THE KOODANKULAM EXPOSÉ-AND THE RIGHT TO KNOW


Reproduced from 

Sunday 10 June 2012

THE KOODANKULAM EXPOSÉ-AND THE RIGHT TO KNOW

Aerial view of Tamil Nadu, India from Space ta...
Aerial view of Tamil Nadu, India from Space taken by NASA. (Photo credit: Wikipedia)

This week’s front-page lead story tells us everything we need to know about the premium value of Right to Information in any democracy. Indian advocacy groups making use of new Right to Information laws have unearthed an evaluation report which exposes startling information that has implications not just for South India and Sri Lanka, but almost the entirety of the Indian Ocean — particularly the Bay of Bengal.

For those who have not read the story, the Koodankulam nuclear power plant in Tamil Nadu is poised to deposit dangerous quantities of nuclear wastes in the Indian Ocean, which is a potential calamity facing our people, and possibly a calamity facing the people of India as well.

The story speaks for itself — and what action the Government of Sri Lanka will take in this regard remains to be seen. This is in short order, a disaster waiting to happen. Indian environmental scientists themselves are saying so, as could be gathered from our front-page story and the other feature story in perspective on page 5. (sic)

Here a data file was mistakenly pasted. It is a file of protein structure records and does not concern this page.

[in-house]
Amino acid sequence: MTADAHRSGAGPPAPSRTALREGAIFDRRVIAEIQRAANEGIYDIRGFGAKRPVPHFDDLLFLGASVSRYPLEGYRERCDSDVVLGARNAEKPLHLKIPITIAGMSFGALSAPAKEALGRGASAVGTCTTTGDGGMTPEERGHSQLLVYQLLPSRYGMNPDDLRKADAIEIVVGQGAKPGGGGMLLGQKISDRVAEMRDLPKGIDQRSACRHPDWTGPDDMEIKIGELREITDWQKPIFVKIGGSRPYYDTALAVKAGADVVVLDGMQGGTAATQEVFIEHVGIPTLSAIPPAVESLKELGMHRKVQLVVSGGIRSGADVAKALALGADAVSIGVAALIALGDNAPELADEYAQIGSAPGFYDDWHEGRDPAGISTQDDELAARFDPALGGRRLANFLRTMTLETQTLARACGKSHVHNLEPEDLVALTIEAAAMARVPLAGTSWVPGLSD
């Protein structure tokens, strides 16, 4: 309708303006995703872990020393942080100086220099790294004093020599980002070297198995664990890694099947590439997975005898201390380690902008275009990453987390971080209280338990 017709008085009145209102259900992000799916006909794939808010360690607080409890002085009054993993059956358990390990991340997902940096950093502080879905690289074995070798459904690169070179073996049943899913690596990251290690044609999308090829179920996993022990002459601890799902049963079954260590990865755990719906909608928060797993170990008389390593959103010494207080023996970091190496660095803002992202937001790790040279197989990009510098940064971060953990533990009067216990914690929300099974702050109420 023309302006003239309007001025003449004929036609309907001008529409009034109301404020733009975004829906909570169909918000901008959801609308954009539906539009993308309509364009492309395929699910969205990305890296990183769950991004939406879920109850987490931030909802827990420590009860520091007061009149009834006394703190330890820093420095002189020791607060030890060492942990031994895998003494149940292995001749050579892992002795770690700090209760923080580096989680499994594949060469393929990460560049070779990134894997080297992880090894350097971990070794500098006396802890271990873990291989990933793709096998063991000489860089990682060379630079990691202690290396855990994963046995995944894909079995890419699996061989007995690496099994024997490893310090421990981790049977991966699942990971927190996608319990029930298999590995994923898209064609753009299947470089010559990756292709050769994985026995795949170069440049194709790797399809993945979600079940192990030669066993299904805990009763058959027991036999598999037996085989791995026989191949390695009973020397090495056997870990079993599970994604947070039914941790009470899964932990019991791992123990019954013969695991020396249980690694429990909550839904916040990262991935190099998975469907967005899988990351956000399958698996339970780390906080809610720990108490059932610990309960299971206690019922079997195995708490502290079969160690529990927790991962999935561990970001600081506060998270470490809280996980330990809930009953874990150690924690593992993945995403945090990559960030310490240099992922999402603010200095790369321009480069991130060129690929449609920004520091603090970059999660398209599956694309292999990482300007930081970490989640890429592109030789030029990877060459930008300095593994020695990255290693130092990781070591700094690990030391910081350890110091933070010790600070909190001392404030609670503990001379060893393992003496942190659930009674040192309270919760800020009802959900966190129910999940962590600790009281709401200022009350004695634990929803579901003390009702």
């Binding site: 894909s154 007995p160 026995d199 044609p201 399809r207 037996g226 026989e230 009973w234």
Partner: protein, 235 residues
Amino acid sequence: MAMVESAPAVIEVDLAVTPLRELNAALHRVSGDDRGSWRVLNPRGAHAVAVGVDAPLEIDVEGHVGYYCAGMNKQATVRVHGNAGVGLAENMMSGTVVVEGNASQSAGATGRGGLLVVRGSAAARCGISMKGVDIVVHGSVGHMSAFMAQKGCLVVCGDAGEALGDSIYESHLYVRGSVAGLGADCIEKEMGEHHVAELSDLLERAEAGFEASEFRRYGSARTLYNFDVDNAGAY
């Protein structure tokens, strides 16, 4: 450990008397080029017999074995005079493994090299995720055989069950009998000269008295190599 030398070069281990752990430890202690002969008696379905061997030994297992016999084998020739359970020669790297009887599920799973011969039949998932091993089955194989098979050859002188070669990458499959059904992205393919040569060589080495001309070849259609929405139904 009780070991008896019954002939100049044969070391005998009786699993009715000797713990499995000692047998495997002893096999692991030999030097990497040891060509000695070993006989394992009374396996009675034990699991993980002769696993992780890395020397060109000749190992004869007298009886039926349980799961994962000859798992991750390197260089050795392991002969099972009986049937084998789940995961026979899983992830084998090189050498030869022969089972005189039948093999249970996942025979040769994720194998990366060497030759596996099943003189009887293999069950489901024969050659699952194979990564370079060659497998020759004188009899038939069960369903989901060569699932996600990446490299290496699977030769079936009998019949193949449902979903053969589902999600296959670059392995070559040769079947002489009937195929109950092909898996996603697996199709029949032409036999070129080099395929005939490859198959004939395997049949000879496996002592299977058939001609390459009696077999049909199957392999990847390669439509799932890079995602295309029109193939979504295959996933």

How all these dangers were exposed is another issue in its entirety. No Indian could have got close to ferreting out the truth on the calamitous dangers of the nuclear plants in Tamil Nadu had they not had the benefit of Right to Information laws.

So, the Koodankulam example is one in which it could be said without hyperbole that Right to Information legislation possibly meant the difference between life and death. No doubt the Indian authorities would heavily contest the assertions of the environmental lobbyists, but it clearly is a tall order to contradict the Site Evaluation Report (SER) which states unequivocally that a good part of the Indian Ocean is bound to become a dumping site for nuclear wastes once the T’ Nadu plants are commissioned.

How the entire issue would play out in India, and with reference to Indo-Sri Lankan relations would be interesting, and would be moot, but the success of the Indian lobbyists in making use of Right to Information legislation leaves us Sri Lankans envying our Indian neighbours, trying as we have been to get similar legislation passed in our parliament.

The government stymied the UNP’s efforts to ram through such laws, but this was at that time on condition that the government would come up with its own draft. It was argued as many observers of events at that time would recall that the UNP Bill was in fact redundant as the government had plans for a Right to Information Bill, and was close to making the whole thing a fait accompli.

But no Bill on the Right to Information has materialized, and despite the fact that noises are being made about Private Members’ motions etc., that might gift the people this vital legislation at last — everybody including lobbyists, journalists and private citizens have waited in vain.

There could be larger calamities than the Koodankulam plants that are waiting to happen, particularly at a time when concerns of ‘development’ seem to take precedence over all rational considerations.

Please also read about the flouting of environmental legislation to install an entire village in the Nilagala/Gal Oya forests, elsewhere in this newspaper. How many more such depredations are being kept under a lid, simply because we do not have the right to know?


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